March 2, 1987
Appeal from the Supreme Court, Queens County (Durante, J.).
Ordered that the order is reversed insofar as appealed from, on the law, with costs, Emery's cross motion for summary judgment is granted, and the complaint and cross claims, insofar as they are asserted against Emery, are dismissed.
The plaintiff Kevin Bach was allegedly injured when he fell from a ladder at a construction site. Uncontroverted documentary evidence indicates that the property on which the accident occurred was leased for a 60-year term first by the City of New York to the New York City Public Development Corporation, which then leased the property to the defendant M. Parisi Sons Construction Co. (hereinafter Parisi) for purposes of constructing a building to house a light industrial facility to supply aviation services within the city "in order to promote and increase employment opportunities within the [city]". As landlord, Parisi then leased the property to Emery for a 20-year term to commence following substantial completion of the planned building and issuance of a temporary certificate of occupancy. The proposed construction plans for the planned building, approved by Emery, were annexed to the lease, and Parisi was to apply for a building permit following the execution of the lease. Construction as agreed upon thereafter began, and Parisi arranged for the necessary subcontractors, among whom was the first third-party defendant-respondent Caruso Son Construction Co. (hereinafter Caruso), hired to perform the necessary electrical work. On June 25, 1980, the plaintiff, an employee of Caruso, was allegedly injured in the course of his employment due to his fall from a ladder.
The plaintiffs assert that Emery must be held liable as an owner, a contractor, or an agent of such, pursuant to Labor Law §§ 240 and 241; at the least, the plaintiffs contend, a factual question exists as to whether Emery falls within this category, precluding summary judgment. Thus, the issue now before us is whether Emery may be deemed an owner or contractor as those terms are defined for purposes of Labor Law §§ 200, 240 and 241.
The term "owner", for purposes of the applicable sections of the Labor Law, "has not been limited to the titleholder * * * [but] has been held to encompass a person who has an interest in the property and who fulfilled the role of owner by contracting to have work performed for his benefit" (Copertino v. Ward, 100 A.D.2d 565, 566). However, Emery did not contract to have the work performed; rather, it simply agreed to lease the facility as soon as it was built in accordance with agreed-upon plans. Moreover, an owner is "the party who, as a practical matter, has the right to hire or fire subcontractors and to insist that proper safety practices are followed" (Sweeting v. Board of Coop. Educ. Servs., 83 A.D.2d 103, 114). The submitted documents disclose that Emery had no such right. As long as Parisi performed the construction work as agreed upon, pursuant to the lease agreement, Emery had no right to do anything but observe. Those rights that Emery retained pursuant to the lease agreement, such as the right to have a representative on the construction site, provide no support for the assertion that, as a factual matter, it may be found to have functioned as an owner or contractor. In this case, it may be concluded as a matter of law that Emery was neither an owner, contractor, nor agent.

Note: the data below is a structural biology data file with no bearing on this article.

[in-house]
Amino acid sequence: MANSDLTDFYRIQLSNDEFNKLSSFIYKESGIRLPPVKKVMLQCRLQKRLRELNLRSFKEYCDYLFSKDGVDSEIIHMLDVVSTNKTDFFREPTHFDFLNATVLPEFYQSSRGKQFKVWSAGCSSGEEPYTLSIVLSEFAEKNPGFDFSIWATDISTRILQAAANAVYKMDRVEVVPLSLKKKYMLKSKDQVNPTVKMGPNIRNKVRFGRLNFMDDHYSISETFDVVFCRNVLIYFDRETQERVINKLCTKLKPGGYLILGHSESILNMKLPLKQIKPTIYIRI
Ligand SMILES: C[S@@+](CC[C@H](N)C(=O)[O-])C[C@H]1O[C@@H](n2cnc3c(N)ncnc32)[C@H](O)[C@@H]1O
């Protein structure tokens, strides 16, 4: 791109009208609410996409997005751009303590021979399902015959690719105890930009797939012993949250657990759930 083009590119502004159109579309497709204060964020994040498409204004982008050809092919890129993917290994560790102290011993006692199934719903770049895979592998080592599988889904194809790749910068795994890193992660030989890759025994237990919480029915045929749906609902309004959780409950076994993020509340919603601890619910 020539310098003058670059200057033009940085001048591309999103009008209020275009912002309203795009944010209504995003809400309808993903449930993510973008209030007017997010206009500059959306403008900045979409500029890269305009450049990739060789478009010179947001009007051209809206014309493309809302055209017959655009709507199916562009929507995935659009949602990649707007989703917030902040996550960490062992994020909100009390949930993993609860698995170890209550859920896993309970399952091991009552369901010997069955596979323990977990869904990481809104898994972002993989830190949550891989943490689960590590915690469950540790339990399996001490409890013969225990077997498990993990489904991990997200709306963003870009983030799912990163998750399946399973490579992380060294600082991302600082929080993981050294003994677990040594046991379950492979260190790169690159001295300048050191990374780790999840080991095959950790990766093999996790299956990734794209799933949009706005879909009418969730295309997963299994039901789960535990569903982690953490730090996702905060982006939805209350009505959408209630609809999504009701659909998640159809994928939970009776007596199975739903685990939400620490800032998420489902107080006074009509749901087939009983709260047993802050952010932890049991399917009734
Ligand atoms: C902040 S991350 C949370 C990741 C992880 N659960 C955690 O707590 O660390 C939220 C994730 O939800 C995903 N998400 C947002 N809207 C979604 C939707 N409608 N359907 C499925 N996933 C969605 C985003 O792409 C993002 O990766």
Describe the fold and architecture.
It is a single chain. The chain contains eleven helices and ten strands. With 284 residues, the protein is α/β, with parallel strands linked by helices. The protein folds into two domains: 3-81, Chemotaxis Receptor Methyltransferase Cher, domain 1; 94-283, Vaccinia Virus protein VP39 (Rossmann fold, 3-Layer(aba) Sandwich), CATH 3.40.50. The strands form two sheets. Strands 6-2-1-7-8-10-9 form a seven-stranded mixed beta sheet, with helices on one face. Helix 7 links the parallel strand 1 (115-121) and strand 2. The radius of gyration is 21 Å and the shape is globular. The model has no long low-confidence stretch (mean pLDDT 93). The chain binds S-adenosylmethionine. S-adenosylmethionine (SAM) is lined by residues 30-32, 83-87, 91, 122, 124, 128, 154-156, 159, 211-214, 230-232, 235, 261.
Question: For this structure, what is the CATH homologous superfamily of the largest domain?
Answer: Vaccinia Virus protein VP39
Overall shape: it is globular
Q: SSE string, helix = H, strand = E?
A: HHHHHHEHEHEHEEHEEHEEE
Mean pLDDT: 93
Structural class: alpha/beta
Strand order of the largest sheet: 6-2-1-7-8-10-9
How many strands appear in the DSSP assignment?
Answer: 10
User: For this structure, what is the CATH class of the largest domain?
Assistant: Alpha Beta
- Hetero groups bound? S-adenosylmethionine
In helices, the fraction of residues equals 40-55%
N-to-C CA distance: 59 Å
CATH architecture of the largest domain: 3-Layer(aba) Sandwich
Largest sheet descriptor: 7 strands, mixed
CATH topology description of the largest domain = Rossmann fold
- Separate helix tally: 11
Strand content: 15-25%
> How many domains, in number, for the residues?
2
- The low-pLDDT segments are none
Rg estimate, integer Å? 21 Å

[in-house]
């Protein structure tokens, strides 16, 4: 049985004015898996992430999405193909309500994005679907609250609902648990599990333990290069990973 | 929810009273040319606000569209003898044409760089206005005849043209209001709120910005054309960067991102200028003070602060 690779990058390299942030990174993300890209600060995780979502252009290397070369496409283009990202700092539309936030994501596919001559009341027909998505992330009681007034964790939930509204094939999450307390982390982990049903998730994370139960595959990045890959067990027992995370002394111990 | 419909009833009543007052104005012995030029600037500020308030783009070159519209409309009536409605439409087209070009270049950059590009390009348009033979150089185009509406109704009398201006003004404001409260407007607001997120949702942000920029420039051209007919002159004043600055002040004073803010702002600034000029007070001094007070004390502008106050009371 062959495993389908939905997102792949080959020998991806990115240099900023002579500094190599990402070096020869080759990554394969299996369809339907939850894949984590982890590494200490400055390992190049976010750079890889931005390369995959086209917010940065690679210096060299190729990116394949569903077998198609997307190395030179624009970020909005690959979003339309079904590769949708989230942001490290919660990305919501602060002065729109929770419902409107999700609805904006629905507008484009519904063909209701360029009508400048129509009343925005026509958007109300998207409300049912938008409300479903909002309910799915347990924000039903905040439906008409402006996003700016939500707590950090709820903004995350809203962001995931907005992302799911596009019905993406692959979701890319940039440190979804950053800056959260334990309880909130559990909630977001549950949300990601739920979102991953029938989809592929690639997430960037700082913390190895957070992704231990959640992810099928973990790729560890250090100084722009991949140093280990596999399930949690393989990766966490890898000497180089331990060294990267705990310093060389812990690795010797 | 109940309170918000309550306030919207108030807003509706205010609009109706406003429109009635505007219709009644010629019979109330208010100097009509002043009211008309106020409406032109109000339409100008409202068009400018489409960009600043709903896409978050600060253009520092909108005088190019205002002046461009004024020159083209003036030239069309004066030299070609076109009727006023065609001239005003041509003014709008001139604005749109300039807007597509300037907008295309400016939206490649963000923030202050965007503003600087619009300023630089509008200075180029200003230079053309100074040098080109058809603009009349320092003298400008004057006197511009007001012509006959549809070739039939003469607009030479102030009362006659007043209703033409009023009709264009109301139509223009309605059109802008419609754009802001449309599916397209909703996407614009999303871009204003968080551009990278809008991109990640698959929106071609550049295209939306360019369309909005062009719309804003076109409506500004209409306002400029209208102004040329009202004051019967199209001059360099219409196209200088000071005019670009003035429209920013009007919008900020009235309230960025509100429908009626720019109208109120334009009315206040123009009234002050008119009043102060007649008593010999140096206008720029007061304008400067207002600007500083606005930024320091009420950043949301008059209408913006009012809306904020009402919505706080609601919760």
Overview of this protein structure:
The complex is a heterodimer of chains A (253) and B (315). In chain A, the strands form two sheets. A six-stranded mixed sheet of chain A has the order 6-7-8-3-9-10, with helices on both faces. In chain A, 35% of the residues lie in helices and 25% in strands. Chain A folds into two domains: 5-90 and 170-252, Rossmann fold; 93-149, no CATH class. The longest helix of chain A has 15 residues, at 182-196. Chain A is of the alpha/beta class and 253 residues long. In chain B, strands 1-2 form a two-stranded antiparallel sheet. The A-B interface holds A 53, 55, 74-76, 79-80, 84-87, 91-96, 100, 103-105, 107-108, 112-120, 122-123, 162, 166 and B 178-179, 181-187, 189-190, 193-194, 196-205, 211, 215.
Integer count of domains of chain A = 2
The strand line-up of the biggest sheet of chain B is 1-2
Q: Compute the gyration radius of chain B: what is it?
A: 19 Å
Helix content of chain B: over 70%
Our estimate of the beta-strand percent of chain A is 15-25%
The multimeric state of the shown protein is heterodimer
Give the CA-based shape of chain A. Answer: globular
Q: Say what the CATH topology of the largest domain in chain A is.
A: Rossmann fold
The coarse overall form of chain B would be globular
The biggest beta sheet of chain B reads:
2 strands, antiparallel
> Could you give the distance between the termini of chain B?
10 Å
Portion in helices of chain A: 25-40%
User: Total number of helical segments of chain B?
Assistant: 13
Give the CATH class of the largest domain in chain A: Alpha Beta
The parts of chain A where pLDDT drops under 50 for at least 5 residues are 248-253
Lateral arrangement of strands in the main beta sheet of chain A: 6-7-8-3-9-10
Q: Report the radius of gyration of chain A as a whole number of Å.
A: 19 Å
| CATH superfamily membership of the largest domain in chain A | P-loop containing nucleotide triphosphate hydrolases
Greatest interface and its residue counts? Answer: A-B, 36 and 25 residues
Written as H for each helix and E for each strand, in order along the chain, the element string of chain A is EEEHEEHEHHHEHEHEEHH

It was similarly established by uncontroverted evidence that the temporary certificate of occupancy was issued subsequent to the date of the accident. Because the lease provided that its term would only begin following the issuance of the certificate of occupancy, it may be concluded as a matter of law that Emery was not yet the tenant of the subject building at the time of the accident. Mollen, P.J., Lawrence, Kunzeman and Sullivan, JJ., concur.